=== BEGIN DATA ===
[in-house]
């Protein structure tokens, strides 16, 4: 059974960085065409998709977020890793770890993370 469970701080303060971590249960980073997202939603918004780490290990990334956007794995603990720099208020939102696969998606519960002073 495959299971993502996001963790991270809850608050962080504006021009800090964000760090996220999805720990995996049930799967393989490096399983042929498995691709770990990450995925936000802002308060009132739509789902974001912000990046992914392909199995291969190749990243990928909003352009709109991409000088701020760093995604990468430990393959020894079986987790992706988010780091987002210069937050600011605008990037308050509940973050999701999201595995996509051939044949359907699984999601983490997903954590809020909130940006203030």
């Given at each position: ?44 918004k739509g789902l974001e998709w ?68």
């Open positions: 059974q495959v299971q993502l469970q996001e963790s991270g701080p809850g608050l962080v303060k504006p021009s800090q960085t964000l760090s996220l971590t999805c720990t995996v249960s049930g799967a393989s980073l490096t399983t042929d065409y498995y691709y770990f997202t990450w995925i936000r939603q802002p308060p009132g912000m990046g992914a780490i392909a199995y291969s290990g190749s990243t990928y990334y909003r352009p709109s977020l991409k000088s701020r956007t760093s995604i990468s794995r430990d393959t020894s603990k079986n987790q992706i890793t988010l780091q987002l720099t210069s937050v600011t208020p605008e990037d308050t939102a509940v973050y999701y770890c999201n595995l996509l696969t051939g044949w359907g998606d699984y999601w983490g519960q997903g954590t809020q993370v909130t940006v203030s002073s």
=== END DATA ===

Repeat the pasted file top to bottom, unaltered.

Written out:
[in-house]
């Protein structure tokens, strides 16, 4: 059974960085065409998709977020890793770890993370 469970701080303060971590249960980073997202939603918004780490290990990334956007794995603990720099208020939102696969998606519960002073 495959299971993502996001963790991270809850608050962080504006021009800090964000760090996220999805720990995996049930799967393989490096399983042929498995691709770990990450995925936000802002308060009132739509789902974001912000990046992914392909199995291969190749990243990928909003352009709109991409000088701020760093995604990468430990393959020894079986987790992706988010780091987002210069937050600011605008990037308050509940973050999701999201595995996509051939044949359907699984999601983490997903954590809020909130940006203030």
């Given at each position: ?44 918004k739509g789902l974001e998709w ?68």
């Open positions: 059974q495959v299971q993502l469970q996001e963790s991270g701080p809850g608050l962080v303060k504006p021009s800090q960085t964000l760090s996220l971590t999805c720990t995996v249960s049930g799967a393989s980073l490096t399983t042929d065409y498995y691709y770990f997202t990450w995925i936000r939603q802002p308060p009132g912000m990046g992914a780490i392909a199995y291969s290990g190749s990243t990928y990334y909003r352009p709109s977020l991409k000088s701020r956007t760093s995604i990468s794995r430990d393959t020894s603990k079986n987790q992706i890793t988010l780091q987002l720099t210069s937050v600011t208020p605008e990037d308050t939102a509940v973050y999701y770890c999201n595995l996509l696969t051939g044949w359907g998606d699984y999601w983490g519960q997903g954590t809020q993370v909130t940006v203030s002073s």